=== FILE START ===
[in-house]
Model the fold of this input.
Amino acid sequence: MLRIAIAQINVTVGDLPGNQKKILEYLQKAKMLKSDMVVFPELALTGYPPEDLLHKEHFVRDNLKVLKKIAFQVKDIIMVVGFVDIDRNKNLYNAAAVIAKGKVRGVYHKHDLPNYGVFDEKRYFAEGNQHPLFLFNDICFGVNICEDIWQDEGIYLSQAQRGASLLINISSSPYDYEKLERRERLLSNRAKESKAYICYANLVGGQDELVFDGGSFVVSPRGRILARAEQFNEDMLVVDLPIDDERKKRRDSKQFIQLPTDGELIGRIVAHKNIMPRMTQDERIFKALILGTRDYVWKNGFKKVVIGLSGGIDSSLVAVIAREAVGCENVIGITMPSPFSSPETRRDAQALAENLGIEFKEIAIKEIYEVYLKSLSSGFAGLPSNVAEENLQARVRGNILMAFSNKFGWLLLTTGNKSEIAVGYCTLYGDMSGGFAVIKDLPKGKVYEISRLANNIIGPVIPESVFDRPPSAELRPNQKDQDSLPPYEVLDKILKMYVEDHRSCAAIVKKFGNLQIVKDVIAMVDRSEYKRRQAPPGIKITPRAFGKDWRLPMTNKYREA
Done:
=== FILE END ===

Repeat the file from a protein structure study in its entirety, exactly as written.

[in-house]
Model the fold of this input.
Amino acid sequence: MLRIAIAQINVTVGDLPGNQKKILEYLQKAKMLKSDMVVFPELALTGYPPEDLLHKEHFVRDNLKVLKKIAFQVKDIIMVVGFVDIDRNKNLYNAAAVIAKGKVRGVYHKHDLPNYGVFDEKRYFAEGNQHPLFLFNDICFGVNICEDIWQDEGIYLSQAQRGASLLINISSSPYDYEKLERRERLLSNRAKESKAYICYANLVGGQDELVFDGGSFVVSPRGRILARAEQFNEDMLVVDLPIDDERKKRRDSKQFIQLPTDGELIGRIVAHKNIMPRMTQDERIFKALILGTRDYVWKNGFKKVVIGLSGGIDSSLVAVIAREAVGCENVIGITMPSPFSSPETRRDAQALAENLGIEFKEIAIKEIYEVYLKSLSSGFAGLPSNVAEENLQARVRGNILMAFSNKFGWLLLTTGNKSEIAVGYCTLYGDMSGGFAVIKDLPKGKVYEISRLANNIIGPVIPESVFDRPPSAELRPNQKDQDSLPPYEVLDKILKMYVEDHRSCAAIVKKFGNLQIVKDVIAMVDRSEYKRRQAPPGIKITPRAFGKDWRLPMTNKYREA
Done: